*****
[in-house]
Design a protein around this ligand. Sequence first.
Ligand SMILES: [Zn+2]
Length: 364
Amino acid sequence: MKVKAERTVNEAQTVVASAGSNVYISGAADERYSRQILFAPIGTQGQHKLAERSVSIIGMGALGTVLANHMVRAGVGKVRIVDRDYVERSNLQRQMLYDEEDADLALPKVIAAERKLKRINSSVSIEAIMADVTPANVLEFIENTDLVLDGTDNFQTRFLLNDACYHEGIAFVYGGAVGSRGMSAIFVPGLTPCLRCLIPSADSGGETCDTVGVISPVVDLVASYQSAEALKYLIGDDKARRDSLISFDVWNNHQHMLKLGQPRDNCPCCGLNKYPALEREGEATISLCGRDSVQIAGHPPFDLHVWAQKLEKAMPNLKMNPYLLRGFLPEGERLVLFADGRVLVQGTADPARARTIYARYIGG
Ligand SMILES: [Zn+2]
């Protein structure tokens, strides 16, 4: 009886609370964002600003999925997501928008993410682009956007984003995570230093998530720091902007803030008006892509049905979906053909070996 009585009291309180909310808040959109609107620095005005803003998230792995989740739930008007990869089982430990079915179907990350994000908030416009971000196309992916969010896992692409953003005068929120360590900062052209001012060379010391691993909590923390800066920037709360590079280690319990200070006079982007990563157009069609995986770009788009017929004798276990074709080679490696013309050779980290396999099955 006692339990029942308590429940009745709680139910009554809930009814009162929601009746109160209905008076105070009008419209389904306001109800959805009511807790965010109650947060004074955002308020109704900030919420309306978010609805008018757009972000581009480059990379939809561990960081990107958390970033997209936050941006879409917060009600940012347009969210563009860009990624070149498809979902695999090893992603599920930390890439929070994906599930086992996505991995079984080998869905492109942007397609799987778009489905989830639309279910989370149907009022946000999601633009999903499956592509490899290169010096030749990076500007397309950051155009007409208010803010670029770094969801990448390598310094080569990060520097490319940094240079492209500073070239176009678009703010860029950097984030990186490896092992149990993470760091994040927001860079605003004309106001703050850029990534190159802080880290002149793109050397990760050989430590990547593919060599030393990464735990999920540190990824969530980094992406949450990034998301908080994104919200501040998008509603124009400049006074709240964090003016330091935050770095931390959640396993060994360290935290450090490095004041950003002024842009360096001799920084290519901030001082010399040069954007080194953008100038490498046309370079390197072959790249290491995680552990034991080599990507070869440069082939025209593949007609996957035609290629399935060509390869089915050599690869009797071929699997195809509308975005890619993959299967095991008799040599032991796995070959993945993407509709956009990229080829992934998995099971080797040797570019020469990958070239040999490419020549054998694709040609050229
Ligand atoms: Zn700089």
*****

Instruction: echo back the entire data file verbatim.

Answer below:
[in-house]
Design a protein around this ligand. Sequence first.
Ligand SMILES: [Zn+2]
Length: 364
Amino acid sequence: MKVKAERTVNEAQTVVASAGSNVYISGAADERYSRQILFAPIGTQGQHKLAERSVSIIGMGALGTVLANHMVRAGVGKVRIVDRDYVERSNLQRQMLYDEEDADLALPKVIAAERKLKRINSSVSIEAIMADVTPANVLEFIENTDLVLDGTDNFQTRFLLNDACYHEGIAFVYGGAVGSRGMSAIFVPGLTPCLRCLIPSADSGGETCDTVGVISPVVDLVASYQSAEALKYLIGDDKARRDSLISFDVWNNHQHMLKLGQPRDNCPCCGLNKYPALEREGEATISLCGRDSVQIAGHPPFDLHVWAQKLEKAMPNLKMNPYLLRGFLPEGERLVLFADGRVLVQGTADPARARTIYARYIGG
Ligand SMILES: [Zn+2]
């Protein structure tokens, strides 16, 4: 009886609370964002600003999925997501928008993410682009956007984003995570230093998530720091902007803030008006892509049905979906053909070996 009585009291309180909310808040959109609107620095005005803003998230792995989740739930008007990869089982430990079915179907990350994000908030416009971000196309992916969010896992692409953003005068929120360590900062052209001012060379010391691993909590923390800066920037709360590079280690319990200070006079982007990563157009069609995986770009788009017929004798276990074709080679490696013309050779980290396999099955 006692339990029942308590429940009745709680139910009554809930009814009162929601009746109160209905008076105070009008419209389904306001109800959805009511807790965010109650947060004074955002308020109704900030919420309306978010609805008018757009972000581009480059990379939809561990960081990107958390970033997209936050941006879409917060009600940012347009969210563009860009990624070149498809979902695999090893992603599920930390890439929070994906599930086992996505991995079984080998869905492109942007397609799987778009489905989830639309279910989370149907009022946000999601633009999903499956592509490899290169010096030749990076500007397309950051155009007409208010803010670029770094969801990448390598310094080569990060520097490319940094240079492209500073070239176009678009703010860029950097984030990186490896092992149990993470760091994040927001860079605003004309106001703050850029990534190159802080880290002149793109050397990760050989430590990547593919060599030393990464735990999920540190990824969530980094992406949450990034998301908080994104919200501040998008509603124009400049006074709240964090003016330091935050770095931390959640396993060994360290935290450090490095004041950003002024842009360096001799920084290519901030001082010399040069954007080194953008100038490498046309370079390197072959790249290491995680552990034991080599990507070869440069082939025209593949007609996957035609290629399935060509390869089915050599690869009797071929699997195809509308975005890619993959299967095991008799040599032991796995070959993945993407509709956009990229080829992934998995099971080797040797570019020469990958070239040999490419020549054998694709040609050229
Ligand atoms: Zn700089």